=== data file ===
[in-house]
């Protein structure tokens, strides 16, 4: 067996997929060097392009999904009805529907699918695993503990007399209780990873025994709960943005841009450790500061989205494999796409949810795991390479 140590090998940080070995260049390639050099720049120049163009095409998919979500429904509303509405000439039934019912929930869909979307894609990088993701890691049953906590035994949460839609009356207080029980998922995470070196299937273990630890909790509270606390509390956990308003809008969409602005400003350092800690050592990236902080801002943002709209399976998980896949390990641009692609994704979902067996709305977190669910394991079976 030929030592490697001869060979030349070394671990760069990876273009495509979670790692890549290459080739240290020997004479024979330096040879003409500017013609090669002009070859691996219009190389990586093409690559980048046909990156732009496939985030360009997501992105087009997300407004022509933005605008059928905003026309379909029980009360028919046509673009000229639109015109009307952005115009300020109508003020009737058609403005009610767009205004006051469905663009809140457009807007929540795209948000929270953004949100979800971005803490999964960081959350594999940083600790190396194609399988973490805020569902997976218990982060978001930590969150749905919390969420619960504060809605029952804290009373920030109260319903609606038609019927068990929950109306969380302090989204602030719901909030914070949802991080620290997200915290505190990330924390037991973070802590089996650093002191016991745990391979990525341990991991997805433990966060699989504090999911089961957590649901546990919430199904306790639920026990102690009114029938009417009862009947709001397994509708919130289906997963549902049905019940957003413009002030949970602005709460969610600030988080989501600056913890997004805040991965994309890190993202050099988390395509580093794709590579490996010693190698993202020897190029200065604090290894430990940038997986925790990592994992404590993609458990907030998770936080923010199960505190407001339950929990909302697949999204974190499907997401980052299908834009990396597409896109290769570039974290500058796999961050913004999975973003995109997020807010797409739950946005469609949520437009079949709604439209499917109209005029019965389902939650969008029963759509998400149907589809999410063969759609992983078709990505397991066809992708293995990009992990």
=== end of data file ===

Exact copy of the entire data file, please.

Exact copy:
[in-house]
């Protein structure tokens, strides 16, 4: 067996997929060097392009999904009805529907699918695993503990007399209780990873025994709960943005841009450790500061989205494999796409949810795991390479 140590090998940080070995260049390639050099720049120049163009095409998919979500429904509303509405000439039934019912929930869909979307894609990088993701890691049953906590035994949460839609009356207080029980998922995470070196299937273990630890909790509270606390509390956990308003809008969409602005400003350092800690050592990236902080801002943002709209399976998980896949390990641009692609994704979902067996709305977190669910394991079976 030929030592490697001869060979030349070394671990760069990876273009495509979670790692890549290459080739240290020997004479024979330096040879003409500017013609090669002009070859691996219009190389990586093409690559980048046909990156732009496939985030360009997501992105087009997300407004022509933005605008059928905003026309379909029980009360028919046509673009000229639109015109009307952005115009300020109508003020009737058609403005009610767009205004006051469905663009809140457009807007929540795209948000929270953004949100979800971005803490999964960081959350594999940083600790190396194609399988973490805020569902997976218990982060978001930590969150749905919390969420619960504060809605029952804290009373920030109260319903609606038609019927068990929950109306969380302090989204602030719901909030914070949802991080620290997200915290505190990330924390037991973070802590089996650093002191016991745990391979990525341990991991997805433990966060699989504090999911089961957590649901546990919430199904306790639920026990102690009114029938009417009862009947709001397994509708919130289906997963549902049905019940957003413009002030949970602005709460969610600030988080989501600056913890997004805040991965994309890190993202050099988390395509580093794709590579490996010693190698993202020897190029200065604090290894430990940038997986925790990592994992404590993609458990907030998770936080923010199960505190407001339950929990909302697949999204974190499907997401980052299908834009990396597409896109290769570039974290500058796999961050913004999975973003995109997020807010797409739950946005469609949520437009079949709604439209499917109209005029019965389902939650969008029963759509998400149907589809999410063969759609992983078709990505397991066809992708293995990009992990």